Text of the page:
Wednesday, December 18, 2013

Review: "Smokin' Aces" is Not Quite Smokin' (Happy B;day, Ray Liotta)

TRASH IN MY EYE No. 117 (of 2007) by Leroy Douresseaux

Smokin’ Aces (2006)
Running time:  109 minutes (1 hour, 49 minutes)
MPAA – R for strong bloody violence, pervasive language, some nudity, and drug use
PRODUCERS:  Tim Bevan, Eric Fellner, Joe Carnahan, and Liza Chasin
CINEMATOGRAPHER:  Mauro Fiore (D.o.P.)
EDITOR:  Robert Frazen
COMPOSER:  Clint Mansell

CRIME/ACTION with elements of comedy and drama

Starring:  Ryan Reynolds, Jeremy Piven, Ray Liotta, Ben Affleck, Andy Garcia, Alicia Keys, Common, Taraji Henson, Martin Henderson, Peter Berg, Christopher Michael Holley, Nestor Carbonell, Chris Pine, Kevin Durand, Maury Sterling, Tommy Flanagan, Curtis Armstrong, Jason Batman, Mike Falkow Joseph Ruskin, Alex Rocco, Joel Edgerton, and Matthew Fox

The subject of this movie review is Smokin’ Aces, a 2007 crime and action film from director Joe Carnahan.  The movie focuses on a Las Vegas performer-turned-snitch and the large number of people trying to kill him.  The film was released theatrically in January 2007.

Smokin’ Aces is the first film from writer/director Joe Carnahan since his gritty crime flick, Narc, which premiered at the 2002 Sundance Film Festival and went onto receive rave reviews (including praise from Harrison Ford).  The attention even earned him a deal to direct Mission: Impossible 3 before Carnahan departed the project over creative differences with Tom Cruise.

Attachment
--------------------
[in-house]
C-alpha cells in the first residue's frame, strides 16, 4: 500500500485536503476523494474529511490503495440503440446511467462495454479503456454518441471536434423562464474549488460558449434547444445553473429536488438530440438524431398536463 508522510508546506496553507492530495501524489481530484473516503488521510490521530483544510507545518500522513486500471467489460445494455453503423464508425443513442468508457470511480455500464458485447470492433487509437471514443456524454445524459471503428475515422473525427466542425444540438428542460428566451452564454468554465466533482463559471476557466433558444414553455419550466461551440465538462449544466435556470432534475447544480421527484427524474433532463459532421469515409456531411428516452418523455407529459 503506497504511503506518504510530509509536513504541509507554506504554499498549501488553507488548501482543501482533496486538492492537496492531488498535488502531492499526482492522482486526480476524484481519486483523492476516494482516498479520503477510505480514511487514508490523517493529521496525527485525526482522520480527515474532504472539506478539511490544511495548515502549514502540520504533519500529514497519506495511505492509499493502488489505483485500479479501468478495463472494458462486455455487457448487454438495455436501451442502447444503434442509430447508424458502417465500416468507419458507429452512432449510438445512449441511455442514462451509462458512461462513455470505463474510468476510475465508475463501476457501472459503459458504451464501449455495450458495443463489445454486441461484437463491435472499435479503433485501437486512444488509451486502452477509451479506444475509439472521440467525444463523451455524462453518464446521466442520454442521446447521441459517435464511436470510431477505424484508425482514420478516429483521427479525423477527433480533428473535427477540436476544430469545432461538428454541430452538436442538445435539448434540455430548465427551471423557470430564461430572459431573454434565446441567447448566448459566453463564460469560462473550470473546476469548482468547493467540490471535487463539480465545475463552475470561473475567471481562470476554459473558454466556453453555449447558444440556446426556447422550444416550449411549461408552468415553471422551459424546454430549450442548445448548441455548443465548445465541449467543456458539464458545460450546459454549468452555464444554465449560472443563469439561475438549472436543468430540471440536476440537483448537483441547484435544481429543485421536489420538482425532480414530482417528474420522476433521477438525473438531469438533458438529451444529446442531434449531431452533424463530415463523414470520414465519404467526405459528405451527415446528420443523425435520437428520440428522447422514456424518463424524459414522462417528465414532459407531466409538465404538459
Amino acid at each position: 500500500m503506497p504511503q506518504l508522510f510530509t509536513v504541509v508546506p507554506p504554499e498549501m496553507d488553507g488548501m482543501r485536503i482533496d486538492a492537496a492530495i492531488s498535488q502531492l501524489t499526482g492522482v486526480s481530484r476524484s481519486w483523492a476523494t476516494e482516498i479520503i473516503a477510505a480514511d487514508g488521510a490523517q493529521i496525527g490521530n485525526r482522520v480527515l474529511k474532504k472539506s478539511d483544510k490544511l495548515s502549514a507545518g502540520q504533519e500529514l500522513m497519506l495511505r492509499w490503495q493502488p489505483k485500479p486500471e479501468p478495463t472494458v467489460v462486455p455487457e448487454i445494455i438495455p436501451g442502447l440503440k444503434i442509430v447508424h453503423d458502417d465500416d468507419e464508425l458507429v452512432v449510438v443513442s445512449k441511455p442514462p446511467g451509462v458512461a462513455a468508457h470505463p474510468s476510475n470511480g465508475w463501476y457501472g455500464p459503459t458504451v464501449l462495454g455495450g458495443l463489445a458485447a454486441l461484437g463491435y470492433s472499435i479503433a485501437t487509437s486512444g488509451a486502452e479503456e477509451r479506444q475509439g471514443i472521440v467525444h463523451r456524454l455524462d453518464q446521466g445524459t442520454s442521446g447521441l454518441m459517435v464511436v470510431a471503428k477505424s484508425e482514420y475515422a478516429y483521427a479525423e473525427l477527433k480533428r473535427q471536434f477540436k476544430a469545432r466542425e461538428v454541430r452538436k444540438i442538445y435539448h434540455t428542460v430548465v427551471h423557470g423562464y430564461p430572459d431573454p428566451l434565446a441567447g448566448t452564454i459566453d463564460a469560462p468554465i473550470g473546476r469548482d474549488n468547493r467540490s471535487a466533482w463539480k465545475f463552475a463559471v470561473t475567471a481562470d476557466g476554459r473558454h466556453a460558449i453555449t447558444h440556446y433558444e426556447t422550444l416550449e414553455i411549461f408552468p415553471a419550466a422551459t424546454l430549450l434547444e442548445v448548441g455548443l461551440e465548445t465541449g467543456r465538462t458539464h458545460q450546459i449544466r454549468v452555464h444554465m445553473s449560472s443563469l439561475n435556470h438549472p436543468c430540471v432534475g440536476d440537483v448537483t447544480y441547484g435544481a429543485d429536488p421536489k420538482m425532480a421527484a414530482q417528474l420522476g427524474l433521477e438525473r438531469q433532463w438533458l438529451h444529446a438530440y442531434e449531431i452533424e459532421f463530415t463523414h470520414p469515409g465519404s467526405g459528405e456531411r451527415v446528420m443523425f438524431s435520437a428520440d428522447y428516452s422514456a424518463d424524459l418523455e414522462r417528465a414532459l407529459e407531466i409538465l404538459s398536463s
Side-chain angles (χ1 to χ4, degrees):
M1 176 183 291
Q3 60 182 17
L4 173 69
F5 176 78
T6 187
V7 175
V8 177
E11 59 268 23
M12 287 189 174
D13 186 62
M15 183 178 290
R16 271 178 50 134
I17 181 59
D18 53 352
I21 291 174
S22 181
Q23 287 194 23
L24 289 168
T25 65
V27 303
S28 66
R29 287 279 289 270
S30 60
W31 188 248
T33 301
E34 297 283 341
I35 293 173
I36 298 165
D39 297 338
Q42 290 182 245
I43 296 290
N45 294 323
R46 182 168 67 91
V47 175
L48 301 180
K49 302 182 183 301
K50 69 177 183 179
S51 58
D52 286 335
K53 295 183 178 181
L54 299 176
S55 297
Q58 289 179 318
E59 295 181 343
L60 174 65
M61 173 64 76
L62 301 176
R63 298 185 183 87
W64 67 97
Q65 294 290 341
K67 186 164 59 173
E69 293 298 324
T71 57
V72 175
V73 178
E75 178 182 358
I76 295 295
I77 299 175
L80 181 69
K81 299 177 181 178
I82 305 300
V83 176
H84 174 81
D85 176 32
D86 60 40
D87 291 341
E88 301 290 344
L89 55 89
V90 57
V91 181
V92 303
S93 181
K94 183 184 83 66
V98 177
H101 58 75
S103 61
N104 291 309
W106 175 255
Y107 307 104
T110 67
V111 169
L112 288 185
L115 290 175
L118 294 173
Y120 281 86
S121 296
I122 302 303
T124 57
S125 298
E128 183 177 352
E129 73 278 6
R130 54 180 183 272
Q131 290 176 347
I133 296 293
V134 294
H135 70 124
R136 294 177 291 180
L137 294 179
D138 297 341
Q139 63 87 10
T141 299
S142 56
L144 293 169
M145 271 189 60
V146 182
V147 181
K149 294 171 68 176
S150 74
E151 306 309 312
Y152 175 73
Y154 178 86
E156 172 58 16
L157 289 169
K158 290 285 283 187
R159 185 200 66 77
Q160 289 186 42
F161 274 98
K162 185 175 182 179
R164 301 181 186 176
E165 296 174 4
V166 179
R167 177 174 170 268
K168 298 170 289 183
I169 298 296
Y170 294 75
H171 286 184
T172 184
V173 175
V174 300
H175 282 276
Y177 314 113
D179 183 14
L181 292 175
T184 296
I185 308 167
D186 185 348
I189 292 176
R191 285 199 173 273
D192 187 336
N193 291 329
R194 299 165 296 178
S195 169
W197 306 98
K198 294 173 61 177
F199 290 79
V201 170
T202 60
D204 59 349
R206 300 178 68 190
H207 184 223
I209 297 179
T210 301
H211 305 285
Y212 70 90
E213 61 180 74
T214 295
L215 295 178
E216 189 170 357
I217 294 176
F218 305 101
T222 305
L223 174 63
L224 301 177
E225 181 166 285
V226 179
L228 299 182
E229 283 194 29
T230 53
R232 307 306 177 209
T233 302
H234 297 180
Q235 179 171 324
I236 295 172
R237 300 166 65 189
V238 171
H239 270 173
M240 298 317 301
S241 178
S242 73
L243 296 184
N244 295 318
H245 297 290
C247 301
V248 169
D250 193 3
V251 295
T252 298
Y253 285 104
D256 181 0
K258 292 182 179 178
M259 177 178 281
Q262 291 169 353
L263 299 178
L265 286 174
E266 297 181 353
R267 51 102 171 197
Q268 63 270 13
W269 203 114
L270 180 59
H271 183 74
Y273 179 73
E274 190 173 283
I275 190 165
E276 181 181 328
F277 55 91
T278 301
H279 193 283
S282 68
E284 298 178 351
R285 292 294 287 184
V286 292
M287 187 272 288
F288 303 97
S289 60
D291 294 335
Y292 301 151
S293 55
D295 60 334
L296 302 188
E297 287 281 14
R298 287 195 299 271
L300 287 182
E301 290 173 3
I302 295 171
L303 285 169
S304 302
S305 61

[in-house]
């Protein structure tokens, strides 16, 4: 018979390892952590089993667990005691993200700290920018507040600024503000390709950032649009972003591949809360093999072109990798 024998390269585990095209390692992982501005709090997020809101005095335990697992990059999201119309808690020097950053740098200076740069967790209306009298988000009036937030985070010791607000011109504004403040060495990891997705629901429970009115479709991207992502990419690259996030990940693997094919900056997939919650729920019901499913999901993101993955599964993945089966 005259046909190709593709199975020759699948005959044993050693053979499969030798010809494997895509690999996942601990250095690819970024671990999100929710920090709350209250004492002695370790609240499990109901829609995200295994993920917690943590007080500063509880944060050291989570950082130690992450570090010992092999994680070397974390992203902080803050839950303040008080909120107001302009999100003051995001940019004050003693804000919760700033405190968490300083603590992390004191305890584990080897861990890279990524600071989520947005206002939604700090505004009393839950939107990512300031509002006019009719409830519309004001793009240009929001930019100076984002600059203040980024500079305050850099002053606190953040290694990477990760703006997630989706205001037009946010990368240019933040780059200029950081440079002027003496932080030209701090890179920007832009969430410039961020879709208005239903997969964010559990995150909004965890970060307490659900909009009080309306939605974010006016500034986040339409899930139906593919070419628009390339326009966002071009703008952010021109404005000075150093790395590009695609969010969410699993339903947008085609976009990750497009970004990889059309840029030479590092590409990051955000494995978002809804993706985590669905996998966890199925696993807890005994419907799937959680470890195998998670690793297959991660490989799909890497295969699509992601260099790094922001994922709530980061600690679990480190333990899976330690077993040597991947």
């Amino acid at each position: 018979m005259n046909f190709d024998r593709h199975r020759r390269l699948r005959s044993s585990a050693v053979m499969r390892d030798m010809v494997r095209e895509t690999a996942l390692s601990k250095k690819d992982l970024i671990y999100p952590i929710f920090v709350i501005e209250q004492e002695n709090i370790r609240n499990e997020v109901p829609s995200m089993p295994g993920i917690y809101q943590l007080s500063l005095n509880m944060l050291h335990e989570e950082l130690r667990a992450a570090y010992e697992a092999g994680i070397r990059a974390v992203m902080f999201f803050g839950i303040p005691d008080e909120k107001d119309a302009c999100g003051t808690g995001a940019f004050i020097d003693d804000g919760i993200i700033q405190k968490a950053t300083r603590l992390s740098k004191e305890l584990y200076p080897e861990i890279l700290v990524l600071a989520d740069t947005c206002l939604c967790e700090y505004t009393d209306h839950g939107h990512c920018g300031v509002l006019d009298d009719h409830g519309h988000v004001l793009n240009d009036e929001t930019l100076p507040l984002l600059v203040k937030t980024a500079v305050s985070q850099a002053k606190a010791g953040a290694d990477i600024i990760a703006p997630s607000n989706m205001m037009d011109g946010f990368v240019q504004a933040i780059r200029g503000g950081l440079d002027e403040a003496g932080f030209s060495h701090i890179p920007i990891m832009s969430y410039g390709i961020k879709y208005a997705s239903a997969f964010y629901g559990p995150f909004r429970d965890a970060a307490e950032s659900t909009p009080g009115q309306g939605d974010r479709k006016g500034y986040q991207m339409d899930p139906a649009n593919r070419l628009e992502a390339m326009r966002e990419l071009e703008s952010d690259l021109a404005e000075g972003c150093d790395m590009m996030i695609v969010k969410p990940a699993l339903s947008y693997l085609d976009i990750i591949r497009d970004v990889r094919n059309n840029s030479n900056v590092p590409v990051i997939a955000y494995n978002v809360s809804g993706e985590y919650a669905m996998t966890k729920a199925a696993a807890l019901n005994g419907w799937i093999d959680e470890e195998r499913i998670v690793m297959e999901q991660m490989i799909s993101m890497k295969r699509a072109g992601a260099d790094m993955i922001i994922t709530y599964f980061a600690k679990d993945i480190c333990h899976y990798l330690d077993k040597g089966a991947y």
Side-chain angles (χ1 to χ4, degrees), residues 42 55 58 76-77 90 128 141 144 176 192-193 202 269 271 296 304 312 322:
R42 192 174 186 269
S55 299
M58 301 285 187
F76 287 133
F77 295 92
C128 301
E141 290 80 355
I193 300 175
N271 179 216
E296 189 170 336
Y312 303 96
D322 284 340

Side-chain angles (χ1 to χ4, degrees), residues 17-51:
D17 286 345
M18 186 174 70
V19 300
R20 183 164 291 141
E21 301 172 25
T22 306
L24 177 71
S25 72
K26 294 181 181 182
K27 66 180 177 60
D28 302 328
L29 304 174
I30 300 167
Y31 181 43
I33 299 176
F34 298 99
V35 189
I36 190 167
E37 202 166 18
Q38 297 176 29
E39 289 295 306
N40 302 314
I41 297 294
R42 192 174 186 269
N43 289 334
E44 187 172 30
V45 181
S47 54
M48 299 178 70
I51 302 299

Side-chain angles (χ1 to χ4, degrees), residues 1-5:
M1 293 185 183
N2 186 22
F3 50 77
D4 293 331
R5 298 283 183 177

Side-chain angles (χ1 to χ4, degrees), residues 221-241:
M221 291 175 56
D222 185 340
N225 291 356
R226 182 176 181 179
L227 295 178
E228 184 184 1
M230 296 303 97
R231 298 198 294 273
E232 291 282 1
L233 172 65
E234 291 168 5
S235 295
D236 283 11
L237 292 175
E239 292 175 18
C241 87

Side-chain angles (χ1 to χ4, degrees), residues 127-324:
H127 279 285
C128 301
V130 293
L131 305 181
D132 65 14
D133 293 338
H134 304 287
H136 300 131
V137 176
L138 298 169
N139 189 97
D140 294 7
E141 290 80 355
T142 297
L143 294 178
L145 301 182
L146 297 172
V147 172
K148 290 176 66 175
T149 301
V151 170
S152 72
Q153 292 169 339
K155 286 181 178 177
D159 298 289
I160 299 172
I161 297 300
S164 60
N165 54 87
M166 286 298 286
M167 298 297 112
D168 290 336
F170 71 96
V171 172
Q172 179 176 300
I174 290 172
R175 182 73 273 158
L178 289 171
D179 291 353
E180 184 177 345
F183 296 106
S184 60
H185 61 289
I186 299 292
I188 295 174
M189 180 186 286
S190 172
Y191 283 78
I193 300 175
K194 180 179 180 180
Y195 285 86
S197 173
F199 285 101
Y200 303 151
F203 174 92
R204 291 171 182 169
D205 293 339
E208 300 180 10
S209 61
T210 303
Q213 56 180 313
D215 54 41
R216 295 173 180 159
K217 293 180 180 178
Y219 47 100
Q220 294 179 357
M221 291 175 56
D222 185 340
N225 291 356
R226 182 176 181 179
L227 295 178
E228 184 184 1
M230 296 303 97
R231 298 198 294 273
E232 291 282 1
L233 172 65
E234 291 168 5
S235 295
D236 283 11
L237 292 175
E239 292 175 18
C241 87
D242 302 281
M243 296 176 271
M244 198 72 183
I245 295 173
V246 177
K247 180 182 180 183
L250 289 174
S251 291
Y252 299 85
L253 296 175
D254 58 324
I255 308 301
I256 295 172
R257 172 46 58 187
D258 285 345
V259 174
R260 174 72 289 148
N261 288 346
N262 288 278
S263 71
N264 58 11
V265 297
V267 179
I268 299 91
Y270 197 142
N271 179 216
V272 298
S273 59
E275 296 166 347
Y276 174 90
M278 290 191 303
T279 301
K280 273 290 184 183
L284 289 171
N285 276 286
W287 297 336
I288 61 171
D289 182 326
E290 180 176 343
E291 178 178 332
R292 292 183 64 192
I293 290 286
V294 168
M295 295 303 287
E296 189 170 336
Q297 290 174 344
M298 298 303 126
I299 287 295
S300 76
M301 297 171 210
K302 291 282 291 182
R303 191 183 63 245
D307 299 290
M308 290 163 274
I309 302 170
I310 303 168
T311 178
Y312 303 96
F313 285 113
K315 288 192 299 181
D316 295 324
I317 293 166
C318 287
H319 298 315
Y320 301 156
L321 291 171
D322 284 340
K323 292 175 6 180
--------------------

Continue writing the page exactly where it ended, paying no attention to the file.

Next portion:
Buddy “Aces” Israel (Jeremy Piven) grew up amongst card sharks, gamblers, killers, and thugs.  By the time he was 21, Buddy was a wildly popular magician in Las Vegas, a celebrity who also got to hang out with the most dangerous criminals.  But Buddy wanted more.  He wanted to be gangster and became one before the law caught up with him.  After the sleazy Las Vegas illusionist agrees to testify against his former mob partners, he embarks on one last hurrah in Lake Tahoe before entering witness protective custody.

His one-time benefactor, Primo Sparazza (Joseph Ruskin), a mob power broker, isn’t about to let that happen.  Rumors are that Sparazza is willing to pay up to $1,000,000 for Buddy dead and his heart delivered back to Sparazza.  When word hits the street, a rogues gallery of degenerate assassins, killers, and psychopaths head for Lake Tahoe and the Nomad Casino where Buddy is hiding to claim the prize.  FBI Deputy Director Stanley Locke (Andy Garcia) sends his top agent, Richard Messner (Ryan Reynolds) and Messner’s veteran partner, Donald Carruthers (Ray Liotta), to keep Buddy safe, but can a few agents protect the seedy magician from a slew of would-be assassins?

Although the film has a delightful and wildly diverse cast, Smokin’ Aces is mostly a Pulp Fiction clone except that it has an even weirder cast of characters.  Defined by action movie frivolity, Smokin’ Aces attempts to make slime look glamorous.  Carnahan raises the crass display of bloodletting to new faux art heights.  The film has its moments, and its violence is as much cartoonish as it is nightmarish.  In a sense, it’s like some crazy, hyperactive crime comic book.  The film’s narrative is itself a card trick – an illusion in which the viewer keeps seeing what he expects to see and misses the obvious.  So the ending may come as a shock because it is something of a commentary on the dishonest and sometimes illegal means by which law enforcement goes after a large quarry.

Before that ending, there are some exceptional characters brought to life by actors giving rich performances.  Ryan Reynolds is the best of the lot, but Common as Sir Ivy and Alicia Keys and Taraji Henson as the badass assassin duo, Georgia Sykes and Sharice Watters, are fun to watch.

5 of 10

Saturday, August 18, 2007

Updated:  Wednesday, December 18, 2013

The text is copyright © 2013 Leroy Douresseaux. All Rights Reserved. Contact this site for syndication rights and fees.


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